Here are 13 effective ways to support an autistic college student, suitable for implementation by parents and teachers alike.
1. Study autism
The more you know about autism, the better equipped you’ll be to make informed decisions for your child or students. Ask questions and educate yourself about different treatment options. Both parents and teachers can participate in the treatment options available.
2. Know the student
Parents, teachers, or professors need to know what triggers a students’ disruptive or challenging behaviors and what stimulates positive responses. What does the student find frightening, uncomfortable, stressful, and calming? If you understand, you’ll be in a better position to solve problems and prevent situations that are challenging.
3. Accept the child
According to Nerdy Writers, parents and teachers should accept the child with all his/her strengths and weaknesses. Focusing on the autistic side all the time will affect how you treat or behave towards the student. Enjoy the child’s weaknesses and strengths. Celebrate the small wins. And most importantly, don’t compare the child or student to others. All your child wants is to feel loved and accepted unconditionally.
4. Do not give up
Do not assume or jump to conclusions about the future of the student. Like everyone else, children with autism have an entire lifetime to develop and improve essential skills that will help them become responsible men and women.
5. Consistency is key
Youngsters with autism tend to have a difficult time applying the lessons they’ve learned in a single setting. For instance, they might use sign language to communicate at school but never at home. Creating a consistent environment is one of the best ways to accelerate the learning process. Find out what the child’s therapist is doing and implement his/her techniques. Being consistent in how you interact and deal with certain behaviors is also critical.
6. Reward good behavior
Positive reinforcement is greatly beneficial to students with autism. Therefore, make an effort to catch them doing good things all day long. Praise them when they behave appropriately or develop a new skill and be specific about the behavior you are praising. Think of better ways to reward them such as allowing them to play their favorite games or giving them gifts.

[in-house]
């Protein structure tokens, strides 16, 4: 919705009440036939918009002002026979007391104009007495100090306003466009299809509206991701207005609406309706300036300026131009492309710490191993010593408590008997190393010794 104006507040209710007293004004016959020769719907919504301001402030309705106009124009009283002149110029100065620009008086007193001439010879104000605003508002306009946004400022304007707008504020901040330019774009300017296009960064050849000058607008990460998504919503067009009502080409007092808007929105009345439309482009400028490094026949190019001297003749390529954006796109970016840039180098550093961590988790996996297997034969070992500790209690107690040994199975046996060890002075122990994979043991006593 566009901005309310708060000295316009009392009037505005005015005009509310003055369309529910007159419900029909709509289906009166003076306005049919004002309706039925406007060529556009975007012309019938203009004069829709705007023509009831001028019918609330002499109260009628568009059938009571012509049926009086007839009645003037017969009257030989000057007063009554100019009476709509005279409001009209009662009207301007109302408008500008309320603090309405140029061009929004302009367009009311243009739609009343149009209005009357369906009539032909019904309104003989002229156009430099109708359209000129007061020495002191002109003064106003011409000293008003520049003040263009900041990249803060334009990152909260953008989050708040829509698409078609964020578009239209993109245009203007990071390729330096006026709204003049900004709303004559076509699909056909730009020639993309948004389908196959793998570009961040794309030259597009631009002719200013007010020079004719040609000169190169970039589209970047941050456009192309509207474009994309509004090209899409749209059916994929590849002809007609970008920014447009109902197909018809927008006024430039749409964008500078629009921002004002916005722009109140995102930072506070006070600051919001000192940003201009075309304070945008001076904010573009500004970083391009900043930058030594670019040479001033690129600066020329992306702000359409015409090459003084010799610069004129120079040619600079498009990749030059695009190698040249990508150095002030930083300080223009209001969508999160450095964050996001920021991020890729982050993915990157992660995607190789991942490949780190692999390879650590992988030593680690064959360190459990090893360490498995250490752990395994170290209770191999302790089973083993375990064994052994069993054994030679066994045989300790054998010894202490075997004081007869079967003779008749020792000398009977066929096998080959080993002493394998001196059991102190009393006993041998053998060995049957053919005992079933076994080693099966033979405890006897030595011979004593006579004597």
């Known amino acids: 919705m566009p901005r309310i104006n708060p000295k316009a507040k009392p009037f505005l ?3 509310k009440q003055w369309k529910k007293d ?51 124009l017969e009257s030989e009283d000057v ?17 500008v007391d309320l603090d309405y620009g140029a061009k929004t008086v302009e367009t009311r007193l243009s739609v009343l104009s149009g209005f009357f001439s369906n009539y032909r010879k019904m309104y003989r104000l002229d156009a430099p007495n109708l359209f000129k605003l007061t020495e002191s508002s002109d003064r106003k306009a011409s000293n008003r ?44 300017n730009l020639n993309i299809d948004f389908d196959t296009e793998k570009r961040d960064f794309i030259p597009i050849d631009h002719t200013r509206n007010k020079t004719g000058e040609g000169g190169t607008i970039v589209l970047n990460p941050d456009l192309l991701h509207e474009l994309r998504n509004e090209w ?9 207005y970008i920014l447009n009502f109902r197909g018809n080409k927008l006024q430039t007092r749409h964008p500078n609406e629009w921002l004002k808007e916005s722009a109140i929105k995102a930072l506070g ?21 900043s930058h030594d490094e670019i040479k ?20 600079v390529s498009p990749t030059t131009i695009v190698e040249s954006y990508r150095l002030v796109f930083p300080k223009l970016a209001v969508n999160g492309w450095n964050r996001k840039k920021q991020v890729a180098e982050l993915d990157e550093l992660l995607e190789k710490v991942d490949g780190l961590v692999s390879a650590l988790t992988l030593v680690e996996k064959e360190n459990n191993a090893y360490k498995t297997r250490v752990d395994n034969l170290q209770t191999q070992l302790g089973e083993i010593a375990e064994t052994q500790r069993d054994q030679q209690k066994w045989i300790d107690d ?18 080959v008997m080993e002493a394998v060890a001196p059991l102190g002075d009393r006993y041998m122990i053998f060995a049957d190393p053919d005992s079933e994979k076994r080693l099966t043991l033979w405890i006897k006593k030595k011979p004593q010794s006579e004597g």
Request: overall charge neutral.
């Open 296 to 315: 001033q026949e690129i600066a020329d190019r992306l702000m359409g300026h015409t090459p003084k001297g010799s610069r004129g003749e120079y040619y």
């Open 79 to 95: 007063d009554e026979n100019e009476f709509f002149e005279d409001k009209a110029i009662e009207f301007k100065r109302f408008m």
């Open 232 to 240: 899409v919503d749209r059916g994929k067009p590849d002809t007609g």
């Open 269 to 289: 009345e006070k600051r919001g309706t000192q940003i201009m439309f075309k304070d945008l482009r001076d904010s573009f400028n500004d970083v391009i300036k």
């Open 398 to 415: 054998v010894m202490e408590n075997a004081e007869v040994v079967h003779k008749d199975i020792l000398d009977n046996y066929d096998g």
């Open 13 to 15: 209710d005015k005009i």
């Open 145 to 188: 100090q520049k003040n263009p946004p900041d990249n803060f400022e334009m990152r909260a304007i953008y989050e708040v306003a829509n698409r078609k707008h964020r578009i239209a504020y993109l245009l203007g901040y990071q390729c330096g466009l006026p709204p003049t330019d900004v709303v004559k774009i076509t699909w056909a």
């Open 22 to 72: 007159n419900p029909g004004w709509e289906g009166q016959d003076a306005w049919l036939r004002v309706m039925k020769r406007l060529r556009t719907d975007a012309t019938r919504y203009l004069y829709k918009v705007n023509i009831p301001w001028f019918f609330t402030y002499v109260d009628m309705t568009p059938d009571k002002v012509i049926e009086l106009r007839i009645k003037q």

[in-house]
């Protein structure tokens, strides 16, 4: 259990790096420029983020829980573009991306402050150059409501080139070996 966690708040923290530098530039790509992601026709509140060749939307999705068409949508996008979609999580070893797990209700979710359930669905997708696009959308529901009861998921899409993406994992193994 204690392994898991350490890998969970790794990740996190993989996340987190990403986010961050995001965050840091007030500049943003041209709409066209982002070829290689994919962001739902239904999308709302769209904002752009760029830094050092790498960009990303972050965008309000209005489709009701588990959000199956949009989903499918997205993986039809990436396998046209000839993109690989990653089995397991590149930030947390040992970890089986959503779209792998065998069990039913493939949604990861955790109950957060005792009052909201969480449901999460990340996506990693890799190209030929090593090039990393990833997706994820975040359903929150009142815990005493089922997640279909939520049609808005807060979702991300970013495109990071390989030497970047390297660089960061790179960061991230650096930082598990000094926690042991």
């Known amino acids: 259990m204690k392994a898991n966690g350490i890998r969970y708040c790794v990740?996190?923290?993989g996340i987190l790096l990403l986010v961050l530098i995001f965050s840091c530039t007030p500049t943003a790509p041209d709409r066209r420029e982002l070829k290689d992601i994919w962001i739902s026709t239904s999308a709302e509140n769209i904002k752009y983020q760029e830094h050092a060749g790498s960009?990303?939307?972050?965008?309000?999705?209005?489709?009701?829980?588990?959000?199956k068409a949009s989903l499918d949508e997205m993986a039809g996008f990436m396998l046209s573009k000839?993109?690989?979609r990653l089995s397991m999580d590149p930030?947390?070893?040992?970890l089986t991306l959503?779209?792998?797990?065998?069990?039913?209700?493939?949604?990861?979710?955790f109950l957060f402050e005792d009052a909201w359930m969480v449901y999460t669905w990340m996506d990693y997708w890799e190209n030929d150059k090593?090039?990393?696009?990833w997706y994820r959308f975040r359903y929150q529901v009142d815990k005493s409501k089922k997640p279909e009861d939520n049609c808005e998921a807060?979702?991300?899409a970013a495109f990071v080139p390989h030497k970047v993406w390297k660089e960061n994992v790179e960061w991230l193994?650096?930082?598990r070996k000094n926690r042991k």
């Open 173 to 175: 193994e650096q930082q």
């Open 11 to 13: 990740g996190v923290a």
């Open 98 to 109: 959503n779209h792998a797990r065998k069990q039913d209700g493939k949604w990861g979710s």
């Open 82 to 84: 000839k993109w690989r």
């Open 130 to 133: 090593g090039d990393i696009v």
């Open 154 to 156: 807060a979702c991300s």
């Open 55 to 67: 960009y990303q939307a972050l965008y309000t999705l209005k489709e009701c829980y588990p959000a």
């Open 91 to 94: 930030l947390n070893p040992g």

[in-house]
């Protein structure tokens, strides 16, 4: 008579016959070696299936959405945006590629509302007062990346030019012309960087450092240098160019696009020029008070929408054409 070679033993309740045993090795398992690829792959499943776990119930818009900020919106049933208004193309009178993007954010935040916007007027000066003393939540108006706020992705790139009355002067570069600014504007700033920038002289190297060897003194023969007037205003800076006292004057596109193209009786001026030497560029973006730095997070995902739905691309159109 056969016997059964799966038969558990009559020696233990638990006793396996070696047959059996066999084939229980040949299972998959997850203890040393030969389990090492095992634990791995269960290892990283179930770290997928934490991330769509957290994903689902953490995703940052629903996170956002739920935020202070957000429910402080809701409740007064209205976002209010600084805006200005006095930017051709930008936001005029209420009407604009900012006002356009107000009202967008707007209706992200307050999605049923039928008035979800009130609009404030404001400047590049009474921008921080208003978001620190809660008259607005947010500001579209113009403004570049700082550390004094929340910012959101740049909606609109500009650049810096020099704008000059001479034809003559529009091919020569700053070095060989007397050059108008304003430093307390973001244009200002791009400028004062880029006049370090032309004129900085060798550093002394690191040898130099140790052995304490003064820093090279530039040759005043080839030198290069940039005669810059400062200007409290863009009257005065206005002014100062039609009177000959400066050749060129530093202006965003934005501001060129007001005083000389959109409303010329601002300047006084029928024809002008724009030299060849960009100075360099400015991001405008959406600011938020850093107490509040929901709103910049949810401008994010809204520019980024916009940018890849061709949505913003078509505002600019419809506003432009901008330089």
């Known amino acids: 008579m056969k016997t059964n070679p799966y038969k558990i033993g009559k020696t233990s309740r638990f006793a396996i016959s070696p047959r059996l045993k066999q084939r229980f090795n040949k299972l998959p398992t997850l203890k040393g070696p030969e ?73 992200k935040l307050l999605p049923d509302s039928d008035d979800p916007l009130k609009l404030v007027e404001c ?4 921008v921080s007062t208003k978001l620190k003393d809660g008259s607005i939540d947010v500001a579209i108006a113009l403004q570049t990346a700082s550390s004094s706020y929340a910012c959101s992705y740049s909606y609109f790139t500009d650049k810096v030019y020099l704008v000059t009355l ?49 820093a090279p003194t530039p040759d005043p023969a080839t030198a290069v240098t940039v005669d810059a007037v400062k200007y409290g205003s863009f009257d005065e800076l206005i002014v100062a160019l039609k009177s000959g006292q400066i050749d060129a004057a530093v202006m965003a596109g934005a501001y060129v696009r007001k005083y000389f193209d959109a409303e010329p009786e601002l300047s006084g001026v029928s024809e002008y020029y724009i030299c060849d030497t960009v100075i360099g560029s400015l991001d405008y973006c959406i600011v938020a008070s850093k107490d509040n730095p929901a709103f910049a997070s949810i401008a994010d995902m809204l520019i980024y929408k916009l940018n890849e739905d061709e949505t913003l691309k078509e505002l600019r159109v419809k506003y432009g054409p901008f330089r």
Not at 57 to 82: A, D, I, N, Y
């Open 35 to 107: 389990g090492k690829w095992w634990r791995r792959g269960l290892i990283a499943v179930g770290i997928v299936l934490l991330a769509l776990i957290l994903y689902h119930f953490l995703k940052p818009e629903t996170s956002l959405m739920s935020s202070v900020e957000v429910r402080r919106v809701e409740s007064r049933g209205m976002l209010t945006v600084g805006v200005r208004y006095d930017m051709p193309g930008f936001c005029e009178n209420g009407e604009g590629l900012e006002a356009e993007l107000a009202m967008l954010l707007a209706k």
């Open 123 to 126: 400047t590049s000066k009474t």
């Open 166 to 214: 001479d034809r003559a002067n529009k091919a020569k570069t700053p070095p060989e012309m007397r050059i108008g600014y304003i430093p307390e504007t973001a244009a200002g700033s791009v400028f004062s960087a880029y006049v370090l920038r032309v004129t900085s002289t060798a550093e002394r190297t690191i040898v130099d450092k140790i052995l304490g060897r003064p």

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7. Understand the non-verbal cues
If you are observant, you can learn to pick up on non-verbal cues students with autism use to communicate. Pay attention to their facial expressions, the sounds they make, and the gestures they use when they are hungry, tired, or frustrated.
8. Figure out what motivates them
We all feel upset and angry when people ignore or misunderstand us. And it’s no different for students with autism. People with autism tend to act out when the people around them fail to understand them. Throwing a tantrum is their best way to get your attention and communicate their frustration.
9. Time for fun is essential
Students with autism might seek more time for fun than therapy. It’s important to schedule fun time when the student is most awake or alert. Figure out the best ways to have fun together by thinking about things that make the child laugh, smile, or come out of his/her bubble. The child will enjoy these activities if they aren’t educational or therapeutic. Fun time will make it easier for you to bond and connect with the student.
10. Pay attention to the student’s sensitivity
Some people with autism tend to be hypersensitive to touch, light, smell, and sound. Others are under-sensitive. You need to figure out what sounds, smells, sights, and movements trigger the child’s disruptive behaviors and what stimulates positive responses. By understanding what affects the child, you’ll be in a better position to solve problems and create more positive experiences.
11. Teach social skills
The current curriculum may be too vague or hidden for students with autism. You’ll need to teach certain things explicitly. You should consider modeling social skills and discussing how certain behaviors affect other people. Students with autism will learn quickly using pictures.
12. Treat students as individuals
You need to model understanding, patience, and respect, especially in the classroom. Celebrate your students’ success and don’t be afraid to do things that don’t conform in class. You need to understand all your students since autism affects everyone differently.
13. Join a support group
Joining an autism support group is one of the best ways to meet other people dealing with the same challenges you face every day. Parents and teachers can share information, brainstorm ideas, seek advice, and support each other emotionally. Being around people who can understand what you face can go a long way in reducing isolation, especially for parents and caregivers.
It’s important for both teachers and parents to consult a therapist if they need help or want to implement new techniques that will help the student develop essential skills. Remember, patience pays. Keep your instructions simple. With a little effort and practice, you’ll figure out what’s best for your students in the long run.
This article was featured in Issue 113 – Transitioning to Adulthood